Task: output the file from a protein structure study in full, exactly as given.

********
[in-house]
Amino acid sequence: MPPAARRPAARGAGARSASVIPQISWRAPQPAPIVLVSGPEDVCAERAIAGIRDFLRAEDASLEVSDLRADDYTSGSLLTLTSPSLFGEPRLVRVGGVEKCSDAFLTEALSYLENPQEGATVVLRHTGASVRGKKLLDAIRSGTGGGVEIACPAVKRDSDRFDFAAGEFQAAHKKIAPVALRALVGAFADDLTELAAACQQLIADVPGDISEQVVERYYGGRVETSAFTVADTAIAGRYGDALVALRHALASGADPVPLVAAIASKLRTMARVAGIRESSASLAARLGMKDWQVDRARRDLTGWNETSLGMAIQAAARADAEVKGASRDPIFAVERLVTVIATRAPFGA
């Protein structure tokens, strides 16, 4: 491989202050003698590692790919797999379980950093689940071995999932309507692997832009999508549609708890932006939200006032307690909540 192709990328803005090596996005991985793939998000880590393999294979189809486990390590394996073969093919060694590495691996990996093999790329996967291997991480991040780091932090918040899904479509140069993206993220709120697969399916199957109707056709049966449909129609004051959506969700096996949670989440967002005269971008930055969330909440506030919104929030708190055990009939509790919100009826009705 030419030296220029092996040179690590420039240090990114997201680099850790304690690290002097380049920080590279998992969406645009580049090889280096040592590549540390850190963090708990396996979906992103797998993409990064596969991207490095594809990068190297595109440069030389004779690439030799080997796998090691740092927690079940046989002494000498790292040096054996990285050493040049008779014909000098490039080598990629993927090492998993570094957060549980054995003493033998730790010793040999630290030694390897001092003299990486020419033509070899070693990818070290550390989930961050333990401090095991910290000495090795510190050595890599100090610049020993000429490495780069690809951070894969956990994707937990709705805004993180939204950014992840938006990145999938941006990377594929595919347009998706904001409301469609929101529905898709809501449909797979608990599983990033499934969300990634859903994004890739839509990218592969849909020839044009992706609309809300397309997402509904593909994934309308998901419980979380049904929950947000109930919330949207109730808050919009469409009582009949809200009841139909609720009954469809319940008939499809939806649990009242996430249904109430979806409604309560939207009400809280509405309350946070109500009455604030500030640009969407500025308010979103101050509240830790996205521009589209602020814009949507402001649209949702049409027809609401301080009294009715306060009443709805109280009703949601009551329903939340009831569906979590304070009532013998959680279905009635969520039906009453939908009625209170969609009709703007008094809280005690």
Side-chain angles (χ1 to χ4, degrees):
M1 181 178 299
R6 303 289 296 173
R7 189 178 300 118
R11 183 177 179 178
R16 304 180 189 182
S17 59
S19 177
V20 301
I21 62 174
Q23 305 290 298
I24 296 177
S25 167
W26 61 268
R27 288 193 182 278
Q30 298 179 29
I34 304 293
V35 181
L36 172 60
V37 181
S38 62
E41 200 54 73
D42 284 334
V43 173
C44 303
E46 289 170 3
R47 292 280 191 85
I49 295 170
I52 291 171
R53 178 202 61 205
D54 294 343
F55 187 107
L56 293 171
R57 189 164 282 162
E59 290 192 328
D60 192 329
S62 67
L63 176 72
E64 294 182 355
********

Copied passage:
[in-house]
Amino acid sequence: MPPAARRPAARGAGARSASVIPQISWRAPQPAPIVLVSGPEDVCAERAIAGIRDFLRAEDASLEVSDLRADDYTSGSLLTLTSPSLFGEPRLVRVGGVEKCSDAFLTEALSYLENPQEGATVVLRHTGASVRGKKLLDAIRSGTGGGVEIACPAVKRDSDRFDFAAGEFQAAHKKIAPVALRALVGAFADDLTELAAACQQLIADVPGDISEQVVERYYGGRVETSAFTVADTAIAGRYGDALVALRHALASGADPVPLVAAIASKLRTMARVAGIRESSASLAARLGMKDWQVDRARRDLTGWNETSLGMAIQAAARADAEVKGASRDPIFAVERLVTVIATRAPFGA
């Protein structure tokens, strides 16, 4: 491989202050003698590692790919797999379980950093689940071995999932309507692997832009999508549609708890932006939200006032307690909540 192709990328803005090596996005991985793939998000880590393999294979189809486990390590394996073969093919060694590495691996990996093999790329996967291997991480991040780091932090918040899904479509140069993206993220709120697969399916199957109707056709049966449909129609004051959506969700096996949670989440967002005269971008930055969330909440506030919104929030708190055990009939509790919100009826009705 030419030296220029092996040179690590420039240090990114997201680099850790304690690290002097380049920080590279998992969406645009580049090889280096040592590549540390850190963090708990396996979906992103797998993409990064596969991207490095594809990068190297595109440069030389004779690439030799080997796998090691740092927690079940046989002494000498790292040096054996990285050493040049008779014909000098490039080598990629993927090492998993570094957060549980054995003493033998730790010793040999630290030694390897001092003299990486020419033509070899070693990818070290550390989930961050333990401090095991910290000495090795510190050595890599100090610049020993000429490495780069690809951070894969956990994707937990709705805004993180939204950014992840938006990145999938941006990377594929595919347009998706904001409301469609929101529905898709809501449909797979608990599983990033499934969300990634859903994004890739839509990218592969849909020839044009992706609309809300397309997402509904593909994934309308998901419980979380049904929950947000109930919330949207109730808050919009469409009582009949809200009841139909609720009954469809319940008939499809939806649990009242996430249904109430979806409604309560939207009400809280509405309350946070109500009455604030500030640009969407500025308010979103101050509240830790996205521009589209602020814009949507402001649209949702049409027809609401301080009294009715306060009443709805109280009703949601009551329903939340009831569906979590304070009532013998959680279905009635969520039906009453939908009625209170969609009709703007008094809280005690």
Side-chain angles (χ1 to χ4, degrees):
M1 181 178 299
R6 303 289 296 173
R7 189 178 300 118
R11 183 177 179 178
R16 304 180 189 182
S17 59
S19 177
V20 301
I21 62 174
Q23 305 290 298
I24 296 177
S25 167
W26 61 268
R27 288 193 182 278
Q30 298 179 29
I34 304 293
V35 181
L36 172 60
V37 181
S38 62
E41 200 54 73
D42 284 334
V43 173
C44 303
E46 289 170 3
R47 292 280 191 85
I49 295 170
I52 291 171
R53 178 202 61 205
D54 294 343
F55 187 107
L56 293 171
R57 189 164 282 162
E59 290 192 328
D60 192 329
S62 67
L63 176 72
E64 294 182 355